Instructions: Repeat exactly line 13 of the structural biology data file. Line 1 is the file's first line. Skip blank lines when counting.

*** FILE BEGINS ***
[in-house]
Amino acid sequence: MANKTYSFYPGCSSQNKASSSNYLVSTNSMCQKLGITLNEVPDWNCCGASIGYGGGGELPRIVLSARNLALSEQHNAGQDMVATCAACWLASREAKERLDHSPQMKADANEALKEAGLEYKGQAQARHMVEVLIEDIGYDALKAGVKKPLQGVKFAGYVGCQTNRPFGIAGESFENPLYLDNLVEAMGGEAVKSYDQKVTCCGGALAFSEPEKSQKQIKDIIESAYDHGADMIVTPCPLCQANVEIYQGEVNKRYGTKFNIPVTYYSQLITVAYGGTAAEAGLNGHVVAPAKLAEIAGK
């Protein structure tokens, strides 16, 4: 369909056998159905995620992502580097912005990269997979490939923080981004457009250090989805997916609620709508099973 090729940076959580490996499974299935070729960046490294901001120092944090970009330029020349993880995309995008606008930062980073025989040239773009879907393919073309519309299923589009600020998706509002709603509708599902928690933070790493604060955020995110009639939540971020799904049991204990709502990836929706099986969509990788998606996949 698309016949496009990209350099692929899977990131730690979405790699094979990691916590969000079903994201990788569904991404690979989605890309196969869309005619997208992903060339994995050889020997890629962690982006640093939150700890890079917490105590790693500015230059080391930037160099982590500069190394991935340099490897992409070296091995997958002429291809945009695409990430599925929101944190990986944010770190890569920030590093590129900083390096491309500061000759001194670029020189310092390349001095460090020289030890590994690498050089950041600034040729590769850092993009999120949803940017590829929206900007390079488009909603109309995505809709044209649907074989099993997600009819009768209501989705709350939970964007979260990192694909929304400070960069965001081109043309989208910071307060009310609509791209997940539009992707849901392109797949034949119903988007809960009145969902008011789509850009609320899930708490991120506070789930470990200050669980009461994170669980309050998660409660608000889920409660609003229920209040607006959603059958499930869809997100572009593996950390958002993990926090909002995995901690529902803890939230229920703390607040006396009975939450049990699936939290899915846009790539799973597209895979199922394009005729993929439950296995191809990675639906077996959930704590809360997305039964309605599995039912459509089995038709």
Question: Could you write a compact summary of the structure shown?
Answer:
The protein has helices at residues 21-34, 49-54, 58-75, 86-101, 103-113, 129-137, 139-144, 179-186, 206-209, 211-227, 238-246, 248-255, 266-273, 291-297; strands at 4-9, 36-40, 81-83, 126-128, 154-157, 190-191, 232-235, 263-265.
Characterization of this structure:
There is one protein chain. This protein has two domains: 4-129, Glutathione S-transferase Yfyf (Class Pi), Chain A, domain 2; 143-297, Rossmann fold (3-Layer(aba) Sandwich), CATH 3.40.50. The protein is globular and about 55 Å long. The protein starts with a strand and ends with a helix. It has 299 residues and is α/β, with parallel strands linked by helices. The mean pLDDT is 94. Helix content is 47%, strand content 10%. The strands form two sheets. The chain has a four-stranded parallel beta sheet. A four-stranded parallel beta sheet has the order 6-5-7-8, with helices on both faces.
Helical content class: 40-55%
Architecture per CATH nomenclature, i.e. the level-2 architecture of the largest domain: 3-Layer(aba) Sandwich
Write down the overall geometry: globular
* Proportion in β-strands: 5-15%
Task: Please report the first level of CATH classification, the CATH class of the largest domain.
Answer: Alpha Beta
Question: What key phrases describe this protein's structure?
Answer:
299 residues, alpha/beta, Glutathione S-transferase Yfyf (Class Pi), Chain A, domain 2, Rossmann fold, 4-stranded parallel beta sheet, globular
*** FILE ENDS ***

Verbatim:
Task: Please report the first level of CATH classification, the CATH class of the largest domain.